David Russell Mosley
8 July 2016
The Edge of Elfland
Hudson, New Hampshire
I don’t really know what to say. What words can I add that haven’t been spoken by many others? What words can I add that haven’t been spoken more eloquently, more feelingly than I as a white man ever possibly could? There has been so much death. Systemic and personal racism have led to the unlawful and unnecessary deaths of so many black men (and women too I’m sure). Systemic and personal racism have led to injustice. People are dead; people who should be alive today are dead and that includes the people killed most recently in Dallas.
And of course this doesn’t stop here in the US. We are not the worst of sinners, though we are certainly not the least either. My Syrian Christian friends (I currently have no Syrian Muslim friends, though this hatred and death afflicts them as well) have seen their homes destroyed as they fled to safety. An ancient seat of Christianity has become a wasteland because of violent, ignorant people. Even the cultural history, most often the pre-Muslim, but also the pre-Christian history of the Middle East is being destroyed in the name of God.
Returning home, unjust laws are passed in New Hampshire that make it difficult if not illegal for the poor to beg. We are told it is because these people are not poor but addicted to opioids. That the money they receive will simply go toward fueling their addictions, not toward the food they likely forget to eat because they are consumed by their addiction. And so we are told not to give. I hear stories about how these panhandlers, predominately white, stand outside places like Wal-Mart with “For Hire” signs in the proverbial windows and how the privileged will drive by telling them to get a job and then massage their conscience by saying they don’t want work, they just want to get high. We forget of course that addiction, or compulsion, or however we are to understand the dependence we human creatures can feel for material things, is an illness that ruins our lives. Renters are forced to go to courts well beyond their place of residence because landlords can file for eviction in courts convenient for them, not their renters. For we sometimes forget that this battle is not just against systemic racism, though it most certainly is that, but also against systemic classism. We need Black Lives Matter when our Alton Sterlings and Philando Castilles are murdered. We also need Poor Lives Matter for the people of Nashua, New Hampshire and everywhere the poor are oppressed by the rich. And before you say it, of course all lives do matter, that is precisely the point. We know that all lives matter precisely when we have to be reminded that particular lives matter. Black Lives Matter proves that all lives matter because if they don’t, believe me when I tell you that it would be, in this country the black lives that didn’t, followed closely by the lives of the poor.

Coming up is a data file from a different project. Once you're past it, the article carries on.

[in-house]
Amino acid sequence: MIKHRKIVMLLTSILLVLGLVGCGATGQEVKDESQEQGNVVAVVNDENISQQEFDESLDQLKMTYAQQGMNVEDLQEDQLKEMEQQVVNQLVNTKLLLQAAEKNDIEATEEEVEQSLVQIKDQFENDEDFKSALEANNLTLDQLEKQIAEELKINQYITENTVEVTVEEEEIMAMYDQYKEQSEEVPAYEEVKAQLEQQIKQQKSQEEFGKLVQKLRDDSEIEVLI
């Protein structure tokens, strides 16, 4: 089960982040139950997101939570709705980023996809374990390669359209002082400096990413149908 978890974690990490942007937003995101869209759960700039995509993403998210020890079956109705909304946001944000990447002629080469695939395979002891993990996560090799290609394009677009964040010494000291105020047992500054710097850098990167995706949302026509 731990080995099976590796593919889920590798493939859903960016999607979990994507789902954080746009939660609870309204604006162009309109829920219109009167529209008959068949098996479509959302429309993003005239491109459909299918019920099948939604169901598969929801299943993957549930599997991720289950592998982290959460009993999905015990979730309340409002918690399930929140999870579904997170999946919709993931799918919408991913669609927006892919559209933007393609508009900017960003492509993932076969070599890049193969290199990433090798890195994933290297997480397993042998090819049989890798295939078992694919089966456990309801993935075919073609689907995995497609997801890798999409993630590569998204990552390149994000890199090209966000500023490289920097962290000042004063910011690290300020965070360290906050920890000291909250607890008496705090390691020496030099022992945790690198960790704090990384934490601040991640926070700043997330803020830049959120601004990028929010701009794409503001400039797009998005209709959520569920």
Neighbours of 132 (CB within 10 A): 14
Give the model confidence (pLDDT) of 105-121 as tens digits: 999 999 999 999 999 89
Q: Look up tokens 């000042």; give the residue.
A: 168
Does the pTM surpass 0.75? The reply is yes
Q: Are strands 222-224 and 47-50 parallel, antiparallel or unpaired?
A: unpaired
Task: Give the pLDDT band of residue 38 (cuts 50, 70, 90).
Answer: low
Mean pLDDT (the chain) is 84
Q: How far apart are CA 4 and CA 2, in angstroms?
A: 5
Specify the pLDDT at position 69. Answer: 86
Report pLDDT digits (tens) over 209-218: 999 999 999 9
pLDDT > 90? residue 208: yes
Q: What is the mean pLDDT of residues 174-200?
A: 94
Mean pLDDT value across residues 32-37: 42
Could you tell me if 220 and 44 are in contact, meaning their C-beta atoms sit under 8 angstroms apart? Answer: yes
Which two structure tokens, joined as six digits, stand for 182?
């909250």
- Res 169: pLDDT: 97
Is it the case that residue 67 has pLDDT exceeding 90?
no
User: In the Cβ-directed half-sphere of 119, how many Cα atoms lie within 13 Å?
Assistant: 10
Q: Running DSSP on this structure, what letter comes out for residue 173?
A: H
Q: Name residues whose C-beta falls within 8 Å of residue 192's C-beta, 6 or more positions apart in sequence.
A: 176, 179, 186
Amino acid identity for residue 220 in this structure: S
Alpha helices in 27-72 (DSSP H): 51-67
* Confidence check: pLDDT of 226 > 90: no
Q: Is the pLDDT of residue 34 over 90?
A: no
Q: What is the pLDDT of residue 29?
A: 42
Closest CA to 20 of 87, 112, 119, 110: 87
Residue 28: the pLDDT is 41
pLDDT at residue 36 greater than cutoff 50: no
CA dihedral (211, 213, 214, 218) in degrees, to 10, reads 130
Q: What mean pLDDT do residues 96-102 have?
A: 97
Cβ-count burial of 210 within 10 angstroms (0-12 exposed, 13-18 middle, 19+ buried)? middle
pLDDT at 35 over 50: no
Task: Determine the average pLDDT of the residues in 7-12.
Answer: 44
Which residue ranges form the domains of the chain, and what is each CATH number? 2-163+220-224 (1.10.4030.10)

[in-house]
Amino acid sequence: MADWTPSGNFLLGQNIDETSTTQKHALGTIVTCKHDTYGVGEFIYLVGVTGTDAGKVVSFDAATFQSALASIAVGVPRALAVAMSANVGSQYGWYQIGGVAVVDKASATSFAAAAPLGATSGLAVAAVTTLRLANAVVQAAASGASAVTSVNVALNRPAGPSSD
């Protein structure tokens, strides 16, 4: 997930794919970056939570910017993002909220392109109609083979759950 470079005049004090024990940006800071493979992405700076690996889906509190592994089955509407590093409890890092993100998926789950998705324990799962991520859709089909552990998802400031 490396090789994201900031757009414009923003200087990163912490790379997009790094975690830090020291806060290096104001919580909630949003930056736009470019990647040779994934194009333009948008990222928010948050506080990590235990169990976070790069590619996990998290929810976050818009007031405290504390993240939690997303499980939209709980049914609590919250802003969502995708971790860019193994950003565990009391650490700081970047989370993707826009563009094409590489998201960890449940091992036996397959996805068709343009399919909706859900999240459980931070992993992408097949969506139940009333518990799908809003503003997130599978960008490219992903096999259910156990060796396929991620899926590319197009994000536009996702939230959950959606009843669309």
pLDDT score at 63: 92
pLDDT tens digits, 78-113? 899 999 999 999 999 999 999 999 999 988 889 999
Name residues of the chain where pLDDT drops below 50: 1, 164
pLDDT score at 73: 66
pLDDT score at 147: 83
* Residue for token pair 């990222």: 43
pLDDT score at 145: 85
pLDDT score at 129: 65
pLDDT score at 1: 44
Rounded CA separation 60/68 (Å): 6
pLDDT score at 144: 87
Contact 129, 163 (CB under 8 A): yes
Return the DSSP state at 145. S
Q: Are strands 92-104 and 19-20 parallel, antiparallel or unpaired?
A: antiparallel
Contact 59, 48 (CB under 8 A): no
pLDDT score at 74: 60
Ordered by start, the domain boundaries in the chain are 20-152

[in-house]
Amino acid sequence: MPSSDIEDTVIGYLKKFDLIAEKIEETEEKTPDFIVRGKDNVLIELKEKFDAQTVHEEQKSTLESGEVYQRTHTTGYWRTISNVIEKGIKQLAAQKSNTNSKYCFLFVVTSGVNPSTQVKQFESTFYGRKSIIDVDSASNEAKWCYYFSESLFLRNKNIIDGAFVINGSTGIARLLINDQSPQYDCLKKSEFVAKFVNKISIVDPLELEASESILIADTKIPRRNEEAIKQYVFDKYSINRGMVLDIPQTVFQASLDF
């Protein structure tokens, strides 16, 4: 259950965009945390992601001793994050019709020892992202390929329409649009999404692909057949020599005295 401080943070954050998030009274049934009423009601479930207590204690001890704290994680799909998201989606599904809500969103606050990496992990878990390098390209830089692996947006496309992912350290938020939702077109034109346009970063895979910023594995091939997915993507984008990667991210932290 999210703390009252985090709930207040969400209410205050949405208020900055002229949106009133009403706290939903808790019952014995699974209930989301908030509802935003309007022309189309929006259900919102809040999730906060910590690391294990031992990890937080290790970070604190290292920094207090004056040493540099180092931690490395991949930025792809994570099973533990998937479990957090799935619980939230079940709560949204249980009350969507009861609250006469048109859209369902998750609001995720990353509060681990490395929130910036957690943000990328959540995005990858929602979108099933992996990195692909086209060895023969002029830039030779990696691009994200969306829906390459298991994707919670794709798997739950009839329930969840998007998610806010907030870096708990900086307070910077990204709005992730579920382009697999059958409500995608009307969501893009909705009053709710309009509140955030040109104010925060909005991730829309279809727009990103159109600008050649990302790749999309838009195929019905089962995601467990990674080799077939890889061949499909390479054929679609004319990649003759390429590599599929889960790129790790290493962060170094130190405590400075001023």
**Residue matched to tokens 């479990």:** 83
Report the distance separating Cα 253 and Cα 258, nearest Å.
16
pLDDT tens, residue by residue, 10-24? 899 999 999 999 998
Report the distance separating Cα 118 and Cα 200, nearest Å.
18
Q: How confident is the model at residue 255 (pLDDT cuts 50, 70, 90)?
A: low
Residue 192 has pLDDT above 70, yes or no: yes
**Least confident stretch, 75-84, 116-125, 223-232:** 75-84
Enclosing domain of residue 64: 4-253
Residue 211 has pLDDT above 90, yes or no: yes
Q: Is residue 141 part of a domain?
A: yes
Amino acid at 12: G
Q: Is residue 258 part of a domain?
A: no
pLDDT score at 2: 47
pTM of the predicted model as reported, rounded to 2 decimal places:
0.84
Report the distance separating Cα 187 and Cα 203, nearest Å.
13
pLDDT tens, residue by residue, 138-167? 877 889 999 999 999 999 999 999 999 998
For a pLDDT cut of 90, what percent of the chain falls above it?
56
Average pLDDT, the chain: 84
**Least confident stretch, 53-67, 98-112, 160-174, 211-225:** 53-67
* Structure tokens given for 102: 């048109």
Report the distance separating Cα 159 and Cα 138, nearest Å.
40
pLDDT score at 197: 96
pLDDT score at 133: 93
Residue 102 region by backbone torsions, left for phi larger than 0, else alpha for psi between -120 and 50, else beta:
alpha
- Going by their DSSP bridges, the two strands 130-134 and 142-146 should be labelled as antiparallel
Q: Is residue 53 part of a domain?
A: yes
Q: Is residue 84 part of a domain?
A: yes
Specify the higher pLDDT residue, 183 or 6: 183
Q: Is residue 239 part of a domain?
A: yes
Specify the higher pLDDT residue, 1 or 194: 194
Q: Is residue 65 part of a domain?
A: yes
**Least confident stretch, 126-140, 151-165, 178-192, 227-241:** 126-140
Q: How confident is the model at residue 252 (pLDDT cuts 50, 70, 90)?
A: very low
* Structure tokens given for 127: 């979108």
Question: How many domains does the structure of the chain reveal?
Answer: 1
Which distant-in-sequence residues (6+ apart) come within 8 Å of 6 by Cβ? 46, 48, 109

I didn’t intend to write so much. These are just words, words that come out of a place of privilege. I’m white and male. I grew up in an upper middle class home and though I am technically economically poor now that is very much obviated by the generosity and hospitality of family. So these are just words. I don’t even have any actions, or not many. There are things I can do to help the poor here in New Hampshire as a resident of the state, but there is little I can see to do for those in Dallas, for Alton Sterling and his family, for Philando Castille and his, for Trayvon Martin and his, for Freddie Gray and his.